When Red Fly Studios' Teenage Mutant Ninja Turtles: Out of the Shadows releases this summer, players will be able to experience a grittier take on the Turtles and an in-depth fighting system that hasn't been seen in any TMNT game before it, according to lead designer Chris Frechette.
In an interview with Polygon, Frechette demoed a pre-alpha build of Out of the Shadows and walked us through Red Fly's take on the TMNT universe.
"I wanted to make a Turtles game that a 30-year old gamer who grew up watching TMNT would relish and say, 'This is what I remember, this is awesome," Frechette says. "The game is inspired by the Nickelodeon cartoon (which is currently in its first season on television) but it's basically our take on this fiction and this new incarnation of the Turtles: What would it look like in a realistic, more gritty setting?"
Frechette says that when Activision approached the studio to work on the licensed gamed, the team at Red Fly saw an opportunity to make the Turtles game they'd always wanted to play. As avid TMNT fans themselves, they didn't want to carelessly throw together a licensed game: they wanted to create something that did the brand justice.
Red Fly wanted to play on one of the biggest strengths of the brand: the Turtles themselves.
According to Frechette, the studio approached the game with the intention of bringing out the personalities of each turtle through their fighting styles. Rather than have four turtles that look the same, act the same and play the same, Red Fly wanted to play on one of the biggest strengths of the brand: the Turtles themselves.
"They each have different physiques — Donnie's the tallest, Mikey's the smallest, Raph's kind of the brute, Leo's a bit of an all-rounder — and we've gone a step further by bringing their personalities into combat," he says. "For example, Donatello is the slowest of the turtles, but he's got the the most reach, so when he's twirling his staff he can hit multiple enemies. He's great for composed players and his style actually has a bit of a kung fu influence to it."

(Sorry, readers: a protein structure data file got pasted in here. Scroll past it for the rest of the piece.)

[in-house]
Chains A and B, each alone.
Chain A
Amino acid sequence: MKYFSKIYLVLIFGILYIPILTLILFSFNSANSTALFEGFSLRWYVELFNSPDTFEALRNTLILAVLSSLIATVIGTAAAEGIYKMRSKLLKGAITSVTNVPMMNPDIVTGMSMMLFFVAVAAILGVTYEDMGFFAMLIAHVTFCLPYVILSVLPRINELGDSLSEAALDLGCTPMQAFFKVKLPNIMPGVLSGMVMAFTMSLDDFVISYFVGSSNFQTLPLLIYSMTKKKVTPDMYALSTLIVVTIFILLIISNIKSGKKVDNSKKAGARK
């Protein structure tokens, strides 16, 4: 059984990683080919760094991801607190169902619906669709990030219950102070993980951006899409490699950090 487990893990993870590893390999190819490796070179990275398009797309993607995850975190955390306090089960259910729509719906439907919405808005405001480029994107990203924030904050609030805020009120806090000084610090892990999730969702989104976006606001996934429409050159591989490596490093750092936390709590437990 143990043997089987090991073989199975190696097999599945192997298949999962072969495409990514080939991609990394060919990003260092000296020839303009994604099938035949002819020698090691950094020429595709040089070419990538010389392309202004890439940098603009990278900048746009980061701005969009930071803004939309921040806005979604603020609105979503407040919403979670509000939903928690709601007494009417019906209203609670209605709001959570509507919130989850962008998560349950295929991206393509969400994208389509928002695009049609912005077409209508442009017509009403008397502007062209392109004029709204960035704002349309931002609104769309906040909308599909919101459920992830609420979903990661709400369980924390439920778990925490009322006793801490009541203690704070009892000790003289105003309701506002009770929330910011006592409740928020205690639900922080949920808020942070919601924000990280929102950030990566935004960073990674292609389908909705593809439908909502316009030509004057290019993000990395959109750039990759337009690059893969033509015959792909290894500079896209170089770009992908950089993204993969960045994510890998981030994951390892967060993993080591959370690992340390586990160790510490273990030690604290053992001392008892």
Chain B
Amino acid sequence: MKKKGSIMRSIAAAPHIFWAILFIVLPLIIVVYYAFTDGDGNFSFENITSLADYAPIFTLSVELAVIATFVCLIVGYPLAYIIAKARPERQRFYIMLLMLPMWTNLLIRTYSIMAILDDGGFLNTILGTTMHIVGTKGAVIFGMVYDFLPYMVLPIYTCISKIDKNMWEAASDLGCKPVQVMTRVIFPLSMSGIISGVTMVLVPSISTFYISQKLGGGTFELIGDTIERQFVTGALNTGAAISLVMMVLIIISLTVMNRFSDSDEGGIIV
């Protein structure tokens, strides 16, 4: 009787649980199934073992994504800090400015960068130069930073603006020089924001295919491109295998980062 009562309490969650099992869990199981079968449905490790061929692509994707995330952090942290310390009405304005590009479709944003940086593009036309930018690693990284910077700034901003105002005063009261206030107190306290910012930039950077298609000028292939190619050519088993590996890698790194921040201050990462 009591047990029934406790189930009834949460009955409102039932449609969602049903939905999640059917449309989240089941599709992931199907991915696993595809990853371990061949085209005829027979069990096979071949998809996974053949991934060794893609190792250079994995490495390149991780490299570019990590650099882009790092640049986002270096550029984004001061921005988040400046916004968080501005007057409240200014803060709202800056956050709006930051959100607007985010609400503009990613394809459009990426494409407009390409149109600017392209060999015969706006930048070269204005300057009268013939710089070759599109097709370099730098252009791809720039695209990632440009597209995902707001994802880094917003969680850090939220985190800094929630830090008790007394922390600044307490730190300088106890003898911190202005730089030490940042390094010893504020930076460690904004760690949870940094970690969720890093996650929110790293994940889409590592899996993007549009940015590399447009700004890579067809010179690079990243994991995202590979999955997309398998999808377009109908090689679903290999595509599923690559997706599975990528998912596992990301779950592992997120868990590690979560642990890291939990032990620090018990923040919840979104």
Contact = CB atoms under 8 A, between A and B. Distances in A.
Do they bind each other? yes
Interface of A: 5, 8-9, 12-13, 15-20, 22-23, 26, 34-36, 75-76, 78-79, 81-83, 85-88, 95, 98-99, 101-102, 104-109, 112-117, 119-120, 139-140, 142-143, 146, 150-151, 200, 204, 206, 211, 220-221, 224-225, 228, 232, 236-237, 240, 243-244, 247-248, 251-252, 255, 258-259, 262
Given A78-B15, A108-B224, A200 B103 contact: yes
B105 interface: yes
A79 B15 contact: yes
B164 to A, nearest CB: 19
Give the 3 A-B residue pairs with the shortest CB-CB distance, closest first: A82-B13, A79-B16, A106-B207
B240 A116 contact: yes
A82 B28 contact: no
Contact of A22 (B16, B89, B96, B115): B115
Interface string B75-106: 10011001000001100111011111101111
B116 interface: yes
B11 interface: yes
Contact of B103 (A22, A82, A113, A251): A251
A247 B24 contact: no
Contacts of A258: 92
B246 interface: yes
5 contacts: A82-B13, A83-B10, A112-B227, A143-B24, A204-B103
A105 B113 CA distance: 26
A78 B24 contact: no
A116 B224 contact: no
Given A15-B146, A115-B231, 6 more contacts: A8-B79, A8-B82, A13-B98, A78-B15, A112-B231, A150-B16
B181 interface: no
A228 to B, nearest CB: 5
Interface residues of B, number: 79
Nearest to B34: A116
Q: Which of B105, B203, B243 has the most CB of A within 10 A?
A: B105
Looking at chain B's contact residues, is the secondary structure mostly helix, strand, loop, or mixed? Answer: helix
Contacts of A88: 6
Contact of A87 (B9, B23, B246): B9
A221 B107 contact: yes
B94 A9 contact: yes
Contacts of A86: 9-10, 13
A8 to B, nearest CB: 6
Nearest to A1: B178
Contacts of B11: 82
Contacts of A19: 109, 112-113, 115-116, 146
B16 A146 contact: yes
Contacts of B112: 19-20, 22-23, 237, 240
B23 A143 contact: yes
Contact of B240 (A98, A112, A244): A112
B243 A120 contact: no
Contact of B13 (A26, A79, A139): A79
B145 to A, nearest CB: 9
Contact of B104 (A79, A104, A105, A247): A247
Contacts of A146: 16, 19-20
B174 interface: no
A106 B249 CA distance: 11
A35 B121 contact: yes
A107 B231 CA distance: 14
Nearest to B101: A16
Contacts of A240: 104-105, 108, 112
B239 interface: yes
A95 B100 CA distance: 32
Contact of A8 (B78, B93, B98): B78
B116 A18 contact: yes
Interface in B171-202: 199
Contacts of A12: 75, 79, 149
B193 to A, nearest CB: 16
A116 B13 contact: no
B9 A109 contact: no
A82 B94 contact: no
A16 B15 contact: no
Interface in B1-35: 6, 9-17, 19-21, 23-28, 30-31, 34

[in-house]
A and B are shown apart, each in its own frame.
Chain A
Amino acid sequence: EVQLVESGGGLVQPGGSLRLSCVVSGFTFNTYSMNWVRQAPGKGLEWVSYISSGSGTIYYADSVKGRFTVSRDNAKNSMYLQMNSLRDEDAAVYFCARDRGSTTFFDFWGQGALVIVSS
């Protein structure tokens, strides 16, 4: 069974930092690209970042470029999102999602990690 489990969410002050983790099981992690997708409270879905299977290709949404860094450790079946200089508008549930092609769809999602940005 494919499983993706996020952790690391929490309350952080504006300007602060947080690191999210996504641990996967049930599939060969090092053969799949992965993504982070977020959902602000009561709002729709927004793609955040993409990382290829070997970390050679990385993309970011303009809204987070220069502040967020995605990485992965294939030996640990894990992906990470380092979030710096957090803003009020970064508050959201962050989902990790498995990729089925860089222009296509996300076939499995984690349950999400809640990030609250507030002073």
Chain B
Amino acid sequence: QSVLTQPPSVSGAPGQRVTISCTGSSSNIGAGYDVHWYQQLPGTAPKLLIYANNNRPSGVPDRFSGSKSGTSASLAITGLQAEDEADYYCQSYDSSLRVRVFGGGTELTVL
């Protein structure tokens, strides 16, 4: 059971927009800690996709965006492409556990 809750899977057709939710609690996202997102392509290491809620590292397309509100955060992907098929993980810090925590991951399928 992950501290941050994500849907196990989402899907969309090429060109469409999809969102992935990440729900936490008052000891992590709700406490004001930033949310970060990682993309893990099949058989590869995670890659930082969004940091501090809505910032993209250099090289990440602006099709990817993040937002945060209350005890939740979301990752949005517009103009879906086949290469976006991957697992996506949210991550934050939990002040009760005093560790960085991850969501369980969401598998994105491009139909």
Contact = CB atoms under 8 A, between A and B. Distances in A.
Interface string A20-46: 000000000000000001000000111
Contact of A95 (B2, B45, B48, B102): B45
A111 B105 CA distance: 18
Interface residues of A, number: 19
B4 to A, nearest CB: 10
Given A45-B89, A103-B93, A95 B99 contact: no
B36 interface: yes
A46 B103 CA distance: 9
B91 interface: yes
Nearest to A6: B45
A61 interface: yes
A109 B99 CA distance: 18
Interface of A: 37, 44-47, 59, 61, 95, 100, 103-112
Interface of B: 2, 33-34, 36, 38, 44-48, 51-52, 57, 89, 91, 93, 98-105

Every character has a different move set, with each turtle having up to 70 unique attacks. The timing of a attack will also determine how it is executed, and whether a player is attacked from the front or behind will determine how a defensive move is pulled off.
Frechette cites Batman: Arkham Asylum as a source of inspiration. He says the team incorporated some elements of Arkham's battle system of balancing offense with defense and the timing of attacking and counter-attacking. The studio also looked to more traditional fighting games for inspiration, particularly for counter-attacks and special attacks.
"It could have been so easy to give them all the same moves," Frechette says. "But since they don't have your typical classes like a tank or a paladin, they don't necessarily have roles. They're all ninjas. They can all hold their own. It's more about how they hold their own."
Frechette says that by giving each turtle a "unique flavor," when the four characters play together it brings an interesting dynamic to the battles. The game allows for up to four-player co-op, and when there are fewer than four players the AI will take control of the remaining Turtles. In single-player mode, players can swap between Turtles using the D-Pad. Every character can be utilized in the team, and when all the Turtles are working together they can chain combos and finishing moves.
"They're all ninjas. They can all hold their own. It's more about how they hold their own."
"For example, I could launch a guy into the air and now you go after him and slam him down," Frechette says. "So there's push and pull, like I'm giving you an opportunity to do something awesome, and we're working together as a team with a unified goal. It was a lot of fun to plan and design."
Frechette says it's important for all four Turtles to be present in the campaign mode because that's when they're at their best. They fight together, taunt together and perform special team attacks together (at one point, players can connect with Raphael to perform the bowling ball maneuver seen in the original movie). Players won't get the best result if they button mash – there's a sophistication to the fighting system and, once they understand the system, the rest will flow like kung fu.
Teenage Mutant Ninja Turtles: Out of the Shadows is a downloadable title coming to Windows PC, Xbox 360 and PlayStation 3 this summer. The game's official trailer can be viewed above.
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